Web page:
Altiplano & Lake Titicaca
The highest navigable lake in the world, Lake Titicaca is a massive body of water with borders in both Peru and Bolivia. The elevation is 3,812 m (12,507 ft), which is high enough to leave you with a headache if you’re not yet acclimated to the altitude.
There are two islands where most travelers go for a homestay: Amantaní and Taquile. They are small enough that they don’t have hotels or cars but large enough to have plenty of families to host as many travelers as arrive. There are also the famous Uros floating islands, which are smaller though they also have a homestay system.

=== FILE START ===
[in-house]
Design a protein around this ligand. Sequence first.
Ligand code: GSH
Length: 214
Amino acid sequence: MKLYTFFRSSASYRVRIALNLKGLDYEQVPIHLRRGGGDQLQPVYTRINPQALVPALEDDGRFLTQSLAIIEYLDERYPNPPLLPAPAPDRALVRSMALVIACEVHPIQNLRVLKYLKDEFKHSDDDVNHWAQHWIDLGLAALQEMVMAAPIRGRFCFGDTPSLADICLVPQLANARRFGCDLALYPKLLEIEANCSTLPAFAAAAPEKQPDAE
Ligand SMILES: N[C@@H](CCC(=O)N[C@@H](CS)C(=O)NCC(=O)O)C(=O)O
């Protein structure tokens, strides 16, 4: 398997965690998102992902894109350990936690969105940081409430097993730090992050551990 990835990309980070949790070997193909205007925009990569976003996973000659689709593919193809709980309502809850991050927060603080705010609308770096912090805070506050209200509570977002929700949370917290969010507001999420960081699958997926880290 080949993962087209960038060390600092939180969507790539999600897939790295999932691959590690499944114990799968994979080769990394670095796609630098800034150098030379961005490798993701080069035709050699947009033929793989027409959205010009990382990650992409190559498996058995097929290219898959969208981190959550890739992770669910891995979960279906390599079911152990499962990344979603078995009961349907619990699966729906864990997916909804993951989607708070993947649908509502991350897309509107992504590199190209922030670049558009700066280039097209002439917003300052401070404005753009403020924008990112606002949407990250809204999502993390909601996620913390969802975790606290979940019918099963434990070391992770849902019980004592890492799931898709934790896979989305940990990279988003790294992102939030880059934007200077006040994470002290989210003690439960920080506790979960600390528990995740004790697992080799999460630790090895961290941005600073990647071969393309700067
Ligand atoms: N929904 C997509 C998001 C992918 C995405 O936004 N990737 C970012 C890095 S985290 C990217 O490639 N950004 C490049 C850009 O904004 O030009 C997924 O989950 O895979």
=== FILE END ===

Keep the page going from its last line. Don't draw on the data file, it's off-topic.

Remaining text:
The lake is a startling clear blue, dark from the deep blue sky above. It is shallower on the Peruvian side but goes as deep as 280 m (920 feet) on the Bolivian side. The Titicaca National Reserve harbors an astonishing variety of bird life and an endemic giant frog.
The Altiplano region stretches to the Bolivian border and also includes a piece of the Amazon rainforest in the Bahuaja-Sonene National Park.
If you are traveling by land from Bolivia, this is where you’ll arrive in Peru. If you are traveling from Cusco or Arequipa, consider if you want to access Lake Titicaca from Puno or Juliaca.